Paul Cooper explains why you should be listening to your customers, and designing your processes around their needs.
One often hears the 80/20 rule quoted in business – you get 80% of profit from 20% of customers, or variations on this theme, that can even lead to a temptation to cull some customers due to a short-term application of the rule.
Well, who am I to totally decry this possibility?
However, this can often lead to generalisations that can be harmful for the overall operation of a business, especially in the long term. Key accounts can, truly, be an essential part of one’s business and they should be nurtured, supported and brilliantly serviced. But there always needs to be a balance.
High sales volumes don’t always mean high profits
Firstly, high sales volumes don’t always mean high profits, especially when hidden costs creep in, like delayed payment times, unfair demands, and an over-dominance of the total operation.
Secondly, if taken to extremes, other customers could take umbrage or suffer innocently, especially those who could grow into being key accounts themselves, or those who may have significant influence on others by such things as “word of mouth recommendation” etc.
While it is clearly essential to look after these key accounts, any attempt to try to vary levels of service or attention solely by customer account size, especially on the basis of sales, is fraught with danger.
It is well known that different customers may want different things, not necessarily similar things, and so it is much more important to know the needs and desires of each customer, regardless of size, and then see if these standards can be met by your organisation. In this way, your service offering can be broadened, and this could even attract more business as a result of your flexibility.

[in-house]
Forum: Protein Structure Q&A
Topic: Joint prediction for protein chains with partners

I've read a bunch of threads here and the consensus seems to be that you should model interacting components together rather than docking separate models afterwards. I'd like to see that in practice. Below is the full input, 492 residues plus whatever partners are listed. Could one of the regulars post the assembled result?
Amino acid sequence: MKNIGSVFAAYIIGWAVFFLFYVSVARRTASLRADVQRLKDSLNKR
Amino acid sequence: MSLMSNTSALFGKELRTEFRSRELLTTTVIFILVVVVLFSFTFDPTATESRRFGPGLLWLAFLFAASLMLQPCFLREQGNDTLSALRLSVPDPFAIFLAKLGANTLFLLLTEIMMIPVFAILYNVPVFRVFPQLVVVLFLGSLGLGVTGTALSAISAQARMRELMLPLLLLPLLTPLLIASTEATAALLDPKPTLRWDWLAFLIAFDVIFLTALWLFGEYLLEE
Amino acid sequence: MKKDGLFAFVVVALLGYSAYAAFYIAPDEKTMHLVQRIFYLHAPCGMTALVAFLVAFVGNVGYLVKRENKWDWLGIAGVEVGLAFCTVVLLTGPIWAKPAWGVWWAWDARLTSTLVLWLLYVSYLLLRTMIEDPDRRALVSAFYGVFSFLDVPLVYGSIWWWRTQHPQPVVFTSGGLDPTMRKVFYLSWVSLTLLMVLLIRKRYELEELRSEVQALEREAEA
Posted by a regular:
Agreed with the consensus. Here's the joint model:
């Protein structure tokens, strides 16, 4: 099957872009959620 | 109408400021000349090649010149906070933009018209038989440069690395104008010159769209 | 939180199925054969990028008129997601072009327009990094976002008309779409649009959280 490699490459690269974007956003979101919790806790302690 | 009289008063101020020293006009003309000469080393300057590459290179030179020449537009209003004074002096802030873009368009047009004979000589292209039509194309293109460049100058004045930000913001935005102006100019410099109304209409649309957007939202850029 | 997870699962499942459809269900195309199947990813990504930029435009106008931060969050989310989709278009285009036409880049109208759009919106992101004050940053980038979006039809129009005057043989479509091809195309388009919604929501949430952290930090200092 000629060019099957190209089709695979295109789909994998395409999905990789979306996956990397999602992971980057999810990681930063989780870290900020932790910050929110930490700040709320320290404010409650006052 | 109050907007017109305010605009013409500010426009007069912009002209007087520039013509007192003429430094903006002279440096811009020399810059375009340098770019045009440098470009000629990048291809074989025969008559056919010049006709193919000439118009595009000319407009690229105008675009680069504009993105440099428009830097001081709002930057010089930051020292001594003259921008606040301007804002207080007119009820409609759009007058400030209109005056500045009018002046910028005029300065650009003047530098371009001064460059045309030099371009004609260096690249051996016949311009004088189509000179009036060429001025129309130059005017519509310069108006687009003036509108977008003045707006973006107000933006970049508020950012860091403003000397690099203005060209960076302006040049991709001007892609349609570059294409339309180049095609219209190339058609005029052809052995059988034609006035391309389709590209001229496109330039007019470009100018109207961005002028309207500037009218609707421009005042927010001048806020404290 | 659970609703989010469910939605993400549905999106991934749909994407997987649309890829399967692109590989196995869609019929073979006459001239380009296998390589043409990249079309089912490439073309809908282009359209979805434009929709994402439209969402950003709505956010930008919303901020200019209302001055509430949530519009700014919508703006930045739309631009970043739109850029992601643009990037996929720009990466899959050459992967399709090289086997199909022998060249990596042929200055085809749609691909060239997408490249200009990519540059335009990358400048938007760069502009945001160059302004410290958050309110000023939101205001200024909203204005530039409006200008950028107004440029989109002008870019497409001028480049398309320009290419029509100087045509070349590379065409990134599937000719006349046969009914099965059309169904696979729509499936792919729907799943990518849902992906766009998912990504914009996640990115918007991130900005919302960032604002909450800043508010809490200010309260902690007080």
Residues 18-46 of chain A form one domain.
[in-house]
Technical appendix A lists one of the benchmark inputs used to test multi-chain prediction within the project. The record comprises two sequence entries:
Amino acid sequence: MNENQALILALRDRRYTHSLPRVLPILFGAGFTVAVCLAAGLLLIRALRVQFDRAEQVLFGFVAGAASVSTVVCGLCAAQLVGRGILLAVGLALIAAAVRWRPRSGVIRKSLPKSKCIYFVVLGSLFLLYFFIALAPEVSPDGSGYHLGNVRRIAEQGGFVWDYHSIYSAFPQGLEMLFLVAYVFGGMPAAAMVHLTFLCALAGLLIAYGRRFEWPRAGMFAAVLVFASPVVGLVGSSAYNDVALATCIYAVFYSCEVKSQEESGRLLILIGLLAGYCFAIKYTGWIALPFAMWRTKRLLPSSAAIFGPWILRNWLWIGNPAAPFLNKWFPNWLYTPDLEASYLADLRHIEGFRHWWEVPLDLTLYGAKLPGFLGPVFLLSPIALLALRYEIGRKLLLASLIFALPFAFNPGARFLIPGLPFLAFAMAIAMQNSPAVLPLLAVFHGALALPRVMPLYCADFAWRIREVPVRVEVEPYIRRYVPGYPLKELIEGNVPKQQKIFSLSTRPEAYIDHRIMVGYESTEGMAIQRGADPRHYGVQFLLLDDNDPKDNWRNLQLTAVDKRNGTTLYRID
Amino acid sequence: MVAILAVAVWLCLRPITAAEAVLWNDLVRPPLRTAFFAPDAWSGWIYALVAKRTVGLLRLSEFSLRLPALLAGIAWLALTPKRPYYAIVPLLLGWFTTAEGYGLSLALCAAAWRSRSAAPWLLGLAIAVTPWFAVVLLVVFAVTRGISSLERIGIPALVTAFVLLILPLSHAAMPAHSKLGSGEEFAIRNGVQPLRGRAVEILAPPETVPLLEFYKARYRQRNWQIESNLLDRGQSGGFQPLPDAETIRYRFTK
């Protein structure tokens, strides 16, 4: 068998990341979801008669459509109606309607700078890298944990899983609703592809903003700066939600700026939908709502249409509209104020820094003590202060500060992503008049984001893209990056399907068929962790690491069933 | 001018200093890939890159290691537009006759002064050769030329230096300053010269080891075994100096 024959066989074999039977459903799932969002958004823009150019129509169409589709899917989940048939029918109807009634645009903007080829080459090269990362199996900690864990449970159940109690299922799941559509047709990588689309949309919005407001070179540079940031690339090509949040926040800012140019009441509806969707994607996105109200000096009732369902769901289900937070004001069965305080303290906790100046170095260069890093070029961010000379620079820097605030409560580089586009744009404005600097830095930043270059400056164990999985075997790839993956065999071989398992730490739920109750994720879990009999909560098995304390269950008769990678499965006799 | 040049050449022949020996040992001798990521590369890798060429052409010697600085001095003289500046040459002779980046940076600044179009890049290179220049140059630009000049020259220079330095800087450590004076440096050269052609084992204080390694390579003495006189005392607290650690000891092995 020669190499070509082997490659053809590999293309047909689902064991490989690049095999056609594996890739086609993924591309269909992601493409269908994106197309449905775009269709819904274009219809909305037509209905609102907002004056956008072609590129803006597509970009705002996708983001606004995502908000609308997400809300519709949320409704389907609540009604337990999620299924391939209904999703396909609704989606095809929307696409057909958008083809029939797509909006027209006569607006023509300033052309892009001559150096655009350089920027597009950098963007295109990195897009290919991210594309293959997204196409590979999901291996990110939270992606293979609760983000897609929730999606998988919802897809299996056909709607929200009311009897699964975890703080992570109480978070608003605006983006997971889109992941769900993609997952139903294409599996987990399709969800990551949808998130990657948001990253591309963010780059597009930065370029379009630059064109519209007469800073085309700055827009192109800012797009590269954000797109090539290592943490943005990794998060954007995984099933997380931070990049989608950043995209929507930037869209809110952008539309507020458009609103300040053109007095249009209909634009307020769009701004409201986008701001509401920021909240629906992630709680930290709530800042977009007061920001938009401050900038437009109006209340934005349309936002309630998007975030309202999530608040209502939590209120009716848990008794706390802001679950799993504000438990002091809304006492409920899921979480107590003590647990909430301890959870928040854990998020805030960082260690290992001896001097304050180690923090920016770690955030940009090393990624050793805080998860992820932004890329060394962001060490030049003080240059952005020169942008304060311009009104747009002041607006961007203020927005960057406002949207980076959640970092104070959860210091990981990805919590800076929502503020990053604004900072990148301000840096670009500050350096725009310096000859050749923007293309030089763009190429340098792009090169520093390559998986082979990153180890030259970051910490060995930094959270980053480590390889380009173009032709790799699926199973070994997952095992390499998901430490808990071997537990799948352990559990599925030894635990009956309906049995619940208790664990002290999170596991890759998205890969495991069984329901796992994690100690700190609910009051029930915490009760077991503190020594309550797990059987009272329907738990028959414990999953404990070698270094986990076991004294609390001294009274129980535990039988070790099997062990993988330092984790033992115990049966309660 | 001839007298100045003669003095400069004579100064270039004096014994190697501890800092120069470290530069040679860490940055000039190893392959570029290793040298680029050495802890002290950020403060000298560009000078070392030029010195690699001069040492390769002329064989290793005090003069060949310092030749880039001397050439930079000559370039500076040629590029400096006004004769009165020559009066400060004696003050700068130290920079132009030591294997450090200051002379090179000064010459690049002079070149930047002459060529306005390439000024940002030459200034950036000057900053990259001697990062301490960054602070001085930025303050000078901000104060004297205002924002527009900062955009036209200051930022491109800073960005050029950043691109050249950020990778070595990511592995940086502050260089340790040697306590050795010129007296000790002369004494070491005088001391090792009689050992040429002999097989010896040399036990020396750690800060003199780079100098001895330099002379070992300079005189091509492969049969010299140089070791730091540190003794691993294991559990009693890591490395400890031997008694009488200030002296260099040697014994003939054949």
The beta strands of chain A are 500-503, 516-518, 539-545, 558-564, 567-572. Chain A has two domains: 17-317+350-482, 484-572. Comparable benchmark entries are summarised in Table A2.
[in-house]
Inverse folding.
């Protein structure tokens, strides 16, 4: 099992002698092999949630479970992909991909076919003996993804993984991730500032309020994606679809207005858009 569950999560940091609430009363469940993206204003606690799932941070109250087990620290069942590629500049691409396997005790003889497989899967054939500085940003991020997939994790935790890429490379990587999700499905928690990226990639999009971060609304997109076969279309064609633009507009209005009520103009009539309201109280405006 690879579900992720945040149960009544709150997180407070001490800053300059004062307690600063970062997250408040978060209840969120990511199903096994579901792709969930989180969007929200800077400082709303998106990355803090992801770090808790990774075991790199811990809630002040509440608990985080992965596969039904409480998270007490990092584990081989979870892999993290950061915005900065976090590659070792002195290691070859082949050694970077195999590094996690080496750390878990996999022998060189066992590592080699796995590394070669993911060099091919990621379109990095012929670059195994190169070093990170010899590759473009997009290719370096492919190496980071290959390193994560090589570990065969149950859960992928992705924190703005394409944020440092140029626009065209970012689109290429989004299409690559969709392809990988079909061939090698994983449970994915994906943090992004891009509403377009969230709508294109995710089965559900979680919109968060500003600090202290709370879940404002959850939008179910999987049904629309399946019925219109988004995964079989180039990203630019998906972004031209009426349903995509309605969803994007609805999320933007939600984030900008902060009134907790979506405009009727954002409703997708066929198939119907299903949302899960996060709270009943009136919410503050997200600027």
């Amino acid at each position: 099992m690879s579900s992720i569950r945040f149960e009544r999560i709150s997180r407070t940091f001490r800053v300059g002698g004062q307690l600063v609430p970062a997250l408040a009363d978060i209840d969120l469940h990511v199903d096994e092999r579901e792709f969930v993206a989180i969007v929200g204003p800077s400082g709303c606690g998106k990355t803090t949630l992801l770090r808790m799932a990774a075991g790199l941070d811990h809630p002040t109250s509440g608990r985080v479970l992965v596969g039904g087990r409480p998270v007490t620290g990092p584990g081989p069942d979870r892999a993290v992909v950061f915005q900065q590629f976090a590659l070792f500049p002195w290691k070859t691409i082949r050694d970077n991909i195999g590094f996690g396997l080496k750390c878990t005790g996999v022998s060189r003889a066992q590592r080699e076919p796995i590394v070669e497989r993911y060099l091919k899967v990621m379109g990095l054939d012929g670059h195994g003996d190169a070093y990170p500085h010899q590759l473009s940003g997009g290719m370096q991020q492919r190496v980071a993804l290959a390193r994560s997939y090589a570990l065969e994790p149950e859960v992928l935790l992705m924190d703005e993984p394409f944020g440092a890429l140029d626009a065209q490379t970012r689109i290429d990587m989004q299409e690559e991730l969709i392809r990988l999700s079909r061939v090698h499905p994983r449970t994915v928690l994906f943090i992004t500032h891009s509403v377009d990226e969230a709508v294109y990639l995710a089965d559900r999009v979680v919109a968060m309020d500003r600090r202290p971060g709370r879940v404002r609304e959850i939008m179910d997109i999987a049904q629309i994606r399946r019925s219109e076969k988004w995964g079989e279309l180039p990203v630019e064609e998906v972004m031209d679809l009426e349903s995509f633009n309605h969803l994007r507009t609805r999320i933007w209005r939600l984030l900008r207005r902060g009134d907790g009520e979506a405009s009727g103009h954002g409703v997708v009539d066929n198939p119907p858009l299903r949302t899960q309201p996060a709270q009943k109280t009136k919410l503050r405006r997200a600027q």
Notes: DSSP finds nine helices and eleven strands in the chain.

Issues change dramatically over quite short time periods
Most importantly, these issues change dramatically over quite short time periods. Customers go through good and bad periods, high and low times for purchasing, and the really key issue is that you are close enough to the customer to be aware of this and act accordingly. Let me give you two examples.
Students – low income, low spend, high risk credit-wise, often (usually) grow into highly responsible, well-paid, loyal and honest graduates/customers/employees. So when is the right time to try to gain that loyalty? The wrong time of course. That’s why I’ve been loyal to my bank for 40 years.
When I was in the car finance business, we paid particular attention to our debtors (more than many do today anyway!). But this was for two reasons. Firstly, in the end, most of them DO pay if you have a flexible approach to helping them through their problems. Secondly, and much more importantly, many of these people became your best customers next time around as the loan became virtually a debt of honour.
Not talking to, or listening to, their employees
The thing that most organisations are still failing to do regularly, scientifically and comprehensively, is talk to their customers, listen to their customers, and design their processes and organisations around the needs of their customers. They compound this “crime” by also not talking to, or listening to, their employees, who usually know the customers’ needs, and the organisation’s shortcomings, long before the management do, and also in many cases are customers of the organisation themselves as well.
Particularly in these difficult times, how much of management time is being spent talking to customers and learning from them? My observations are that it is abysmally too little, and in many cases, management is spending its time huddling in meetings trying to find ways out of their problems with no customer (or staff) input on which to base their decisions.
There are some incredibly clever CRM programs out there in the market at present, and they can be the secret weapon to maximising sales and profitability.
But, like most things, if they are used to crudely look for pure sales volumes, or at today’s major customers only, they are missing a trick. It is through the customer service professionals in an organisation that one will learn the most about customers, and then, hopefully, act accordingly.
Paul Cooper is an Independent Consultant & ex-Executive Director of the Institute of Customer Service.